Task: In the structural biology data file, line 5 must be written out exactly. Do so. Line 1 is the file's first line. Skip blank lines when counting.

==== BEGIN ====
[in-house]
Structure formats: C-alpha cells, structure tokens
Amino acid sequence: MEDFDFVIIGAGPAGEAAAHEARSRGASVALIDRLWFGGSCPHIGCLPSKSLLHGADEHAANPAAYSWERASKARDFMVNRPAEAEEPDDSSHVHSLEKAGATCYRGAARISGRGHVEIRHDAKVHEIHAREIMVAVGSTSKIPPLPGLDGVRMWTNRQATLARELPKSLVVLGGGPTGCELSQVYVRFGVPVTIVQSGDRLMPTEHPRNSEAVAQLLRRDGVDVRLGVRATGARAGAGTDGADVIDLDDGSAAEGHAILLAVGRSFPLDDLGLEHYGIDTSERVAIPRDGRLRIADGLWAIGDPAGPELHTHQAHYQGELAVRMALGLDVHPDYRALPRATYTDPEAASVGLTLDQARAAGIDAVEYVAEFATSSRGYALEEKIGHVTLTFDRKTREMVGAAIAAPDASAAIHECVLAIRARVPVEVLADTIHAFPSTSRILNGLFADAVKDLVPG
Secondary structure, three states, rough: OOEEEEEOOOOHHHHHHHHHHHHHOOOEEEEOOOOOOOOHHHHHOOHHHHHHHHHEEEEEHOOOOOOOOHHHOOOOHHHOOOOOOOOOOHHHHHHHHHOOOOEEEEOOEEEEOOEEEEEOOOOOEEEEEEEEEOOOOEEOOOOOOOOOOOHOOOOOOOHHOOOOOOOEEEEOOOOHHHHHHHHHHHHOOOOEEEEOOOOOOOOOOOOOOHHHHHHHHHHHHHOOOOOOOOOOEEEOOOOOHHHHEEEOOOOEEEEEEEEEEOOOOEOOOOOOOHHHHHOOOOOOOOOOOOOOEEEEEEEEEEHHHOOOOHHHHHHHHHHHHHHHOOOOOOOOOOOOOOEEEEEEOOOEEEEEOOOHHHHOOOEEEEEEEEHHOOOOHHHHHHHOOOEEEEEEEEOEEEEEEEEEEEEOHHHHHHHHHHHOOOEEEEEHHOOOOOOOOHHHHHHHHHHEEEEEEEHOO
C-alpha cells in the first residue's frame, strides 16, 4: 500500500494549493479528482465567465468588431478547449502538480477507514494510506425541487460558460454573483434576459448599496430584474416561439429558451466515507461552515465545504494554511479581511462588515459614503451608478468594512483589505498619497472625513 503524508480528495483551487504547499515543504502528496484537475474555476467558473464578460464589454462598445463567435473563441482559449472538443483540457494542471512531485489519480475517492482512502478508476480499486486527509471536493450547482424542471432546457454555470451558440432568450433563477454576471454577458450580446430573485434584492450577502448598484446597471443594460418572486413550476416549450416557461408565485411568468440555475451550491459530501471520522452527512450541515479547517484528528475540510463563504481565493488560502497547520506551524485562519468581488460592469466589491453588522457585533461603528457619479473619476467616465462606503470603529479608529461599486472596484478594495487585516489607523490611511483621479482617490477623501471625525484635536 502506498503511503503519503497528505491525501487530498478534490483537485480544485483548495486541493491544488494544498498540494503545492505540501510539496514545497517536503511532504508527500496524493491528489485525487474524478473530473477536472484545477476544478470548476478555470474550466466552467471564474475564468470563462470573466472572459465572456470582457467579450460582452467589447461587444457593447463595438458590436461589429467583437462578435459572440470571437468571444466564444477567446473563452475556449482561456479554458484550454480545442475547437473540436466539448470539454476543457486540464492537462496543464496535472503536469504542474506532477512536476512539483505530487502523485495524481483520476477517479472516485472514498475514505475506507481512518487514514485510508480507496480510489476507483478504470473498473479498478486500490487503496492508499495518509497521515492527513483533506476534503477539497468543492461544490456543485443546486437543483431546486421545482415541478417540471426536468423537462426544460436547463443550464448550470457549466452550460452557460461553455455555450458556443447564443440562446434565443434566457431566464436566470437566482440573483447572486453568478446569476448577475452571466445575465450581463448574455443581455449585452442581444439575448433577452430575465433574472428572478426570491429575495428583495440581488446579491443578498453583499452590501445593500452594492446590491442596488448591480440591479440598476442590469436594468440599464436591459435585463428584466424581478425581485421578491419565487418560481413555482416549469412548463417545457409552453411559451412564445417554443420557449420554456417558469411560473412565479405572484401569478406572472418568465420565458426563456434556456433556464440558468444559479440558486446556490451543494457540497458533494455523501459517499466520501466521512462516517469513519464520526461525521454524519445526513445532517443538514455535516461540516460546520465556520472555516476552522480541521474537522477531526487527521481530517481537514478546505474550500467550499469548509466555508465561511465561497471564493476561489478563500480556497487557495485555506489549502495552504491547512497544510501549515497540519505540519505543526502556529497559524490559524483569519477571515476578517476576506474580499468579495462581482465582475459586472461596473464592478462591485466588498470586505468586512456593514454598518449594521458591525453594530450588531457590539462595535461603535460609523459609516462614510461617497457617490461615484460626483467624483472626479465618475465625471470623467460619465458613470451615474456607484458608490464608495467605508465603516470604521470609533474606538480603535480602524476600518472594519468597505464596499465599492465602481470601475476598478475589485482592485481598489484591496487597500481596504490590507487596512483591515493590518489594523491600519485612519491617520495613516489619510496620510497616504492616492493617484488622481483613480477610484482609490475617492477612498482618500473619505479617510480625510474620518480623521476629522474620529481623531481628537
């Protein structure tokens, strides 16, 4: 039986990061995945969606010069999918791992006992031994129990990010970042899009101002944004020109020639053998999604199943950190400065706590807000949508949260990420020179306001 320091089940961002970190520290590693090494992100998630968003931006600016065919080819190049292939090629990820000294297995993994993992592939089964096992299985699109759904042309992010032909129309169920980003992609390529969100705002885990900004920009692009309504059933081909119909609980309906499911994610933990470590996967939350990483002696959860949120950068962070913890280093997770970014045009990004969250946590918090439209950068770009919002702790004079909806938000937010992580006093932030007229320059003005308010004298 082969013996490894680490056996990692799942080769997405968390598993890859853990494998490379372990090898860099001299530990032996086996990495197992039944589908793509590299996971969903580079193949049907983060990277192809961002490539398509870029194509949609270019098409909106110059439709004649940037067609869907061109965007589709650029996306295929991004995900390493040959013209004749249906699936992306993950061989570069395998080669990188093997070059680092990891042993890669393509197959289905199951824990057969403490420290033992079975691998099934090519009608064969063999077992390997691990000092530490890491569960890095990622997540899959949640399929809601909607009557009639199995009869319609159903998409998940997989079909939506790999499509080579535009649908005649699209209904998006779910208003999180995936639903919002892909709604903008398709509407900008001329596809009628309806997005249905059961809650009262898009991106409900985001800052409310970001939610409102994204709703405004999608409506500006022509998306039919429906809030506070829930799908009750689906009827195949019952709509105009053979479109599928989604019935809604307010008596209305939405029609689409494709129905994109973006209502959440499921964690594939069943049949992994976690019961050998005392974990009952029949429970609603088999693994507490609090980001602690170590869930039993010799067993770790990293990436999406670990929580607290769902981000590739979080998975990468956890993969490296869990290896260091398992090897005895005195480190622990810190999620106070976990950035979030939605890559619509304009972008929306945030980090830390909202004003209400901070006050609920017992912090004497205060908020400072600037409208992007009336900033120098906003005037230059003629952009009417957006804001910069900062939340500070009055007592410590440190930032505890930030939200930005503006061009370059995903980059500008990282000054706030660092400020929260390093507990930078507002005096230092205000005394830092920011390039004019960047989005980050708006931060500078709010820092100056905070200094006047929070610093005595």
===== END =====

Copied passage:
C-alpha cells in the first residue's frame, strides 16, 4: 500500500494549493479528482465567465468588431478547449502538480477507514494510506425541487460558460454573483434576459448599496430584474416561439429558451466515507461552515465545504494554511479581511462588515459614503451608478468594512483589505498619497472625513 503524508480528495483551487504547499515543504502528496484537475474555476467558473464578460464589454462598445463567435473563441482559449472538443483540457494542471512531485489519480475517492482512502478508476480499486486527509471536493450547482424542471432546457454555470451558440432568450433563477454576471454577458450580446430573485434584492450577502448598484446597471443594460418572486413550476416549450416557461408565485411568468440555475451550491459530501471520522452527512450541515479547517484528528475540510463563504481565493488560502497547520506551524485562519468581488460592469466589491453588522457585533461603528457619479473619476467616465462606503470603529479608529461599486472596484478594495487585516489607523490611511483621479482617490477623501471625525484635536 502506498503511503503519503497528505491525501487530498478534490483537485480544485483548495486541493491544488494544498498540494503545492505540501510539496514545497517536503511532504508527500496524493491528489485525487474524478473530473477536472484545477476544478470548476478555470474550466466552467471564474475564468470563462470573466472572459465572456470582457467579450460582452467589447461587444457593447463595438458590436461589429467583437462578435459572440470571437468571444466564444477567446473563452475556449482561456479554458484550454480545442475547437473540436466539448470539454476543457486540464492537462496543464496535472503536469504542474506532477512536476512539483505530487502523485495524481483520476477517479472516485472514498475514505475506507481512518487514514485510508480507496480510489476507483478504470473498473479498478486500490487503496492508499495518509497521515492527513483533506476534503477539497468543492461544490456543485443546486437543483431546486421545482415541478417540471426536468423537462426544460436547463443550464448550470457549466452550460452557460461553455455555450458556443447564443440562446434565443434566457431566464436566470437566482440573483447572486453568478446569476448577475452571466445575465450581463448574455443581455449585452442581444439575448433577452430575465433574472428572478426570491429575495428583495440581488446579491443578498453583499452590501445593500452594492446590491442596488448591480440591479440598476442590469436594468440599464436591459435585463428584466424581478425581485421578491419565487418560481413555482416549469412548463417545457409552453411559451412564445417554443420557449420554456417558469411560473412565479405572484401569478406572472418568465420565458426563456434556456433556464440558468444559479440558486446556490451543494457540497458533494455523501459517499466520501466521512462516517469513519464520526461525521454524519445526513445532517443538514455535516461540516460546520465556520472555516476552522480541521474537522477531526487527521481530517481537514478546505474550500467550499469548509466555508465561511465561497471564493476561489478563500480556497487557495485555506489549502495552504491547512497544510501549515497540519505540519505543526502556529497559524490559524483569519477571515476578517476576506474580499468579495462581482465582475459586472461596473464592478462591485466588498470586505468586512456593514454598518449594521458591525453594530450588531457590539462595535461603535460609523459609516462614510461617497457617490461615484460626483467624483472626479465618475465625471470623467460619465458613470451615474456607484458608490464608495467605508465603516470604521470609533474606538480603535480602524476600518472594519468597505464596499465599492465602481470601475476598478475589485482592485481598489484591496487597500481596504490590507487596512483591515493590518489594523491600519485612519491617520495613516489619510496620510497616504492616492493617484488622481483613480477610484482609490475617492477612498482618500473619505479617510480625510474620518480623521476629522474620529481623531481628537